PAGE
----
Making the Cast
This post serves as an idea-piece for some structured, sight-fishing casting practice—no water needed. If you have access to a big enough lawn, you have a built-in casting field at your disposal. And if you are of age, you might wish to add micro-brews, single-malts, or other libations to the practice process to
better simulate typical fly-fishing conditions make things more tolerable after 1000 casts to imaginary fish. And remember to cast responsibly.
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When flats fishing, “making the cast” often means “right there, right now!” While there are a number of skills that one can practice for flats fishing, this post will focus on casting to a series of lawn targets. These exercises are based on American Casting Association (ACA) competition games and the games presented in the late Jim Chapralis’ book, Master your Fly Casting! Practiced with focus, these exercises can help you be faster and more accurate when you need a cast to be “right there, right now!”.
You will need a few things first: The casting gear you plan on using, five hula hoops or plastic cones, and a 25-foot (or longer) measuring tape (I use a 100-foot reel-type tape myself). If you don’t want to be bothered with hoops or cones, get five paper plates and five objects heavy enough to hold them down. I also recommend the sacrifice of a leader and at least one of the flies that you expect to be using. Break the hook bend completely off your practice fly (to avoid an accidental impaling), and you’ll have an accurate mass that you can tie to the end of your leader. The hoops (or cones or plates) will serve as the targets, and the measuring tape will allow you to place the targets accurately, as well as providing a reality check.
The purpose of these exercises is to practice rapid casting to targets at varying distances and angles relative to your position. At the most-basic level, the targets can be laid out in a line—as if casting to a cruising fish. The line of targets can be horizontal or angled, relative to your position. For an added challenge, you can try arranging the targets in a chevron, or even a “W” shape. Use your measuring tape to make sure that your targets are at set distances.
Once you have the targets at the desired distances and layout, it’s time to get down to the business of casting. This is where you have to get really honest with yourself, and cast in a way that provides real and challenging practice, not just plain old repetition. Start with more than enough line to reach the farthest target, and then strip back so that you start with no more than half the line required to reach the closest target. From there pick the targets in sequence (and randomly to mix things up), and try to get the fly to the first target within two full false casts, three at the most. Then strip the line back and go the next target and so on. Then try running through the targets one right after the other with only minimal retrieving in between (retrieve only enough to simulate actual fishing). Try doing this with no more than one false cast between targets. The idea here is two-fold: build your distance estimation skills and build your time-to-target skills.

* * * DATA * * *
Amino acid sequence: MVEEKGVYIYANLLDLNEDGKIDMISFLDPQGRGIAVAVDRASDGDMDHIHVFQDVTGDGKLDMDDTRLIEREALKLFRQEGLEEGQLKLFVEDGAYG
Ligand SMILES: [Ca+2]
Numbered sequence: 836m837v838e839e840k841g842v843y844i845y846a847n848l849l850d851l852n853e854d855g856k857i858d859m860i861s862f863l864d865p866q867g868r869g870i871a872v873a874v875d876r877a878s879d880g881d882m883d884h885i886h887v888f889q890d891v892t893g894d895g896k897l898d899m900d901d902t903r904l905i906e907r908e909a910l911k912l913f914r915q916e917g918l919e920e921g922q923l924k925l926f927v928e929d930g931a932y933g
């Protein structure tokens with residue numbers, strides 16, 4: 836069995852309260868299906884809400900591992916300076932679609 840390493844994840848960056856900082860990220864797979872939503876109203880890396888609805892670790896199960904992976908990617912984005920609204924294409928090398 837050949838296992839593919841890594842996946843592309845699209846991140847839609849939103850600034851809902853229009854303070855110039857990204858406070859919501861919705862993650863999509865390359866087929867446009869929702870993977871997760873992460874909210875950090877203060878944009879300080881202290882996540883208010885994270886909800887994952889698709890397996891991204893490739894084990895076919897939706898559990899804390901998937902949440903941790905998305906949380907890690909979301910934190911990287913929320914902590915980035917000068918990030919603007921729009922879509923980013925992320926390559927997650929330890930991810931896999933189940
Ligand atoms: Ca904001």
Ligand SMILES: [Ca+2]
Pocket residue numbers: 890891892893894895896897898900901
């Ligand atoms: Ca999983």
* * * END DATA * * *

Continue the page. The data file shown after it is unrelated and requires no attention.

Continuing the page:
Next, practice using a “clock face” target layout. This will train you to know what “10-o’clock at 50-feet” looks like, for example. Lay out the targets in a clock-face arrangement from 10 to 2 in front of your position (one target at 10, then another at 11 and so on). Put the targets all at the same distance, but change the distance after each round (start at say, 40 feet, the go to 50, and so on). To make things more realistic, start with the fly “in-hand,” as if you are actually wading or standing on the deck of a flats boat. Then pick a target and try to get to it in only two or three false casts. This is where any weaknesses in your casting, hauling, or shooting line skills will become more apparent. If there is an issue, at least you’ll know about it on the lawn and have time to practice before the real trip.
If you expect to be casting from the deck of a flats boat, you may wish to employ a picnic table or sturdy chair (be safe!) and elevate yourself as you cast. This will give you a better sense of what the actual fishing view will really be like.
With all of this, I also recommend that you take the time to practice line control. Make sure that the line is not underfoot or otherwise hung-up when you have to make a cast “right there, right now!” Such practice may at first seem excessive, but it can make a real difference in your fly-fishing success.